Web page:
Dr. McKee performed that evaluation on March 13, 2009, diagnosed a meniscal tear in Hartgrave's left knee, and recommended an "arthroscopy of the left knee with partial lateral meniscectomy." Although that visit arose from the injury to Hartgrave's left knee, Dr. McKee evaluated Hartgrave's right knee and noted no tenderness or instability and full strength and range of movement in the right knee. However, after reviewing bilateral x-rays, Dr. McKee discovered that Hartgrave suffered from "pretty severe" osteoarthritis in his right knee, and, in fact, Hartgrave was actually "bone on bone" in his right knee at that time. As such, during the March 13, 2009, visit, Dr. McKee inquired whether Hartgrave was interested in a right TKA at that time, but Hartgrave responded that he had no pain in his right knee and did not want to pursue the procedure. Regarding his left knee, Hartgrave obtained worker's compensation approval from the Idaho State Insurance Fund (ISIF) and underwent Dr. McKee's recommended left knee surgery on May 6, 2009. He returned to work sometime during June or July 2009.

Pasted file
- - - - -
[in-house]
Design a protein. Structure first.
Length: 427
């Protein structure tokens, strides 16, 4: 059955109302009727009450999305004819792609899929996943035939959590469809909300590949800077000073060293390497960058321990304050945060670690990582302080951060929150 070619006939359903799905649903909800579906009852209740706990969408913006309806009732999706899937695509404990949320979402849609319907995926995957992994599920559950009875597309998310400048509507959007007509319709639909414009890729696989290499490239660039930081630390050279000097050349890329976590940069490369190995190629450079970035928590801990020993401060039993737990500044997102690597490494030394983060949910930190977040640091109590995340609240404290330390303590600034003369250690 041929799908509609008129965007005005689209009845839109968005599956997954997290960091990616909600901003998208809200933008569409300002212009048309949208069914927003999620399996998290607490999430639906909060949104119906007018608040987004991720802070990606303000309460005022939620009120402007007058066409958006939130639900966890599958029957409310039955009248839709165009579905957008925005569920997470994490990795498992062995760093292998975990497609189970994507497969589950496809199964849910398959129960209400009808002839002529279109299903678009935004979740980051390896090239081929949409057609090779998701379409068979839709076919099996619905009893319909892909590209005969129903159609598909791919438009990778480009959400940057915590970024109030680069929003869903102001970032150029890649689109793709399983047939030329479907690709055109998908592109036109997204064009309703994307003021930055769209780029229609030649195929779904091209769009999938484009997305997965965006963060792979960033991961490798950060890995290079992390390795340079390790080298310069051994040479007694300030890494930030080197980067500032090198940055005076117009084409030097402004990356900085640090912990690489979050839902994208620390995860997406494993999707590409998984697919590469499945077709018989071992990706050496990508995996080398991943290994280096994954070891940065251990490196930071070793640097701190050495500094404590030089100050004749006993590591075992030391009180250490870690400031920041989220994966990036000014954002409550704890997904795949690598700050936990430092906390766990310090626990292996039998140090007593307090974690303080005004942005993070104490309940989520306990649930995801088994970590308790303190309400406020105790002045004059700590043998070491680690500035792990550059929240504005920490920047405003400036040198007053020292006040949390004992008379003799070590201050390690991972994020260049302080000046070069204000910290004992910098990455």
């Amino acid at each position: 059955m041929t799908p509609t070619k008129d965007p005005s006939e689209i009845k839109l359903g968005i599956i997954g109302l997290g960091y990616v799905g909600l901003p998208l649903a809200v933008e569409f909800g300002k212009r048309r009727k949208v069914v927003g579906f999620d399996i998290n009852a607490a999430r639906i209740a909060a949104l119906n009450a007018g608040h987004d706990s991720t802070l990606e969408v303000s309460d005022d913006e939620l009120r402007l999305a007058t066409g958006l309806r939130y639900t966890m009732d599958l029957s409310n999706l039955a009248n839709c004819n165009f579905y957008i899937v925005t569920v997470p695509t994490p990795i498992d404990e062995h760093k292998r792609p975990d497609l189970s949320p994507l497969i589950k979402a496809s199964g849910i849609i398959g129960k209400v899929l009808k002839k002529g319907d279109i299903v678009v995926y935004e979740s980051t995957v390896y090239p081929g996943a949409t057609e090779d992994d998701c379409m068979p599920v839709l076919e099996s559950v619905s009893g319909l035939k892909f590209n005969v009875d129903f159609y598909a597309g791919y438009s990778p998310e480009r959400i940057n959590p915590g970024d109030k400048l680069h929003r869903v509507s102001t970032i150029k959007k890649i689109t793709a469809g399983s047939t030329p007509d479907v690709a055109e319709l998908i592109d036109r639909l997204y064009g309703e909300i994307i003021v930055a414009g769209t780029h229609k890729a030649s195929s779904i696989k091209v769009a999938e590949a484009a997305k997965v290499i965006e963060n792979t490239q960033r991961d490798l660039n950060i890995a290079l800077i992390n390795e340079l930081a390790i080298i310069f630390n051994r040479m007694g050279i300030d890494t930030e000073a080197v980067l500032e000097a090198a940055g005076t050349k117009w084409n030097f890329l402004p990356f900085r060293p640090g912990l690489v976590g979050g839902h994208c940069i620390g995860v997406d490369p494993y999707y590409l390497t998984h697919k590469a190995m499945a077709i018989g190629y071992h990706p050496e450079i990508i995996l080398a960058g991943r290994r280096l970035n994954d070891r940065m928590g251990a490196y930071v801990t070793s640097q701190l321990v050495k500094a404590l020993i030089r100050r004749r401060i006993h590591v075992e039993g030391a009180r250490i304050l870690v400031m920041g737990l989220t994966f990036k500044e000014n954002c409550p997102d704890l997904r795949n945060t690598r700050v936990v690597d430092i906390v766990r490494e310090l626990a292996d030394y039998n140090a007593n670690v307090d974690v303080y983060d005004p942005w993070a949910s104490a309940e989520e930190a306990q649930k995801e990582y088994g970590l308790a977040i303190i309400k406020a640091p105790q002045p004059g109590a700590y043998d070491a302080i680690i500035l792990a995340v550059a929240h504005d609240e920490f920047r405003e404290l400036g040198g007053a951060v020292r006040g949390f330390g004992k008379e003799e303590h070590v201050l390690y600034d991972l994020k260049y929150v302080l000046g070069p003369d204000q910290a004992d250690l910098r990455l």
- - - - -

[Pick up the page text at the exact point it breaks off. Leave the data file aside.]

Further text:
Hartgrave, however, continued suffering from persistent pain in his left knee and hip. He visited Dr. James Retmier, M.D., on August 30, 2010, for a second opinion of his left knee. Dr. Retmier surmised that Hartgrave had "failed all forms of conservative care and is a candidate for [(a left TKA)]" and, accordingly, further noted that "we will ask [worker's compensation] for authorization and then plan on proceeding."

         In response to Dr. Retmier's evaluation, ISIF enlisted Dr. Brian Tallerico, D.O., to perform an independent medical examination (IME), which occurred on December 16, 2010. After evaluating Hartgrave's left knee, Dr. Tallerico concluded "[t]here is absolutely no need for a [(left TKA)] in this individual, and it certainly is not related to the industrial injury of February 3, 2009." Although that visit arose from the injury to Hartgrave's left knee, Dr. Tallerico noted that Hartgrave expressed having "problems with the right knee in the past (open meniscectomy in 1971 with ongoing swelling and symptoms)[.]" Dr. Tallerico further noted that, "[i]nterestingly enough, [Hartgrave's] right knee is in much worse shape than his left knee with significant lateral compartment collapse and loss of cartilage interval." Dr. Tallerico ultimately concluded that the "[p]reexisting history of bilateral knee degenerative joint disease [was] unrelated to the [February 3, 2009, accident] on a more-probable-than-not basis and not aggravated by it." Thereafter, ISIF denied Dr. Retmier's recommendation for a left TKA, and Hartgrave returned to work.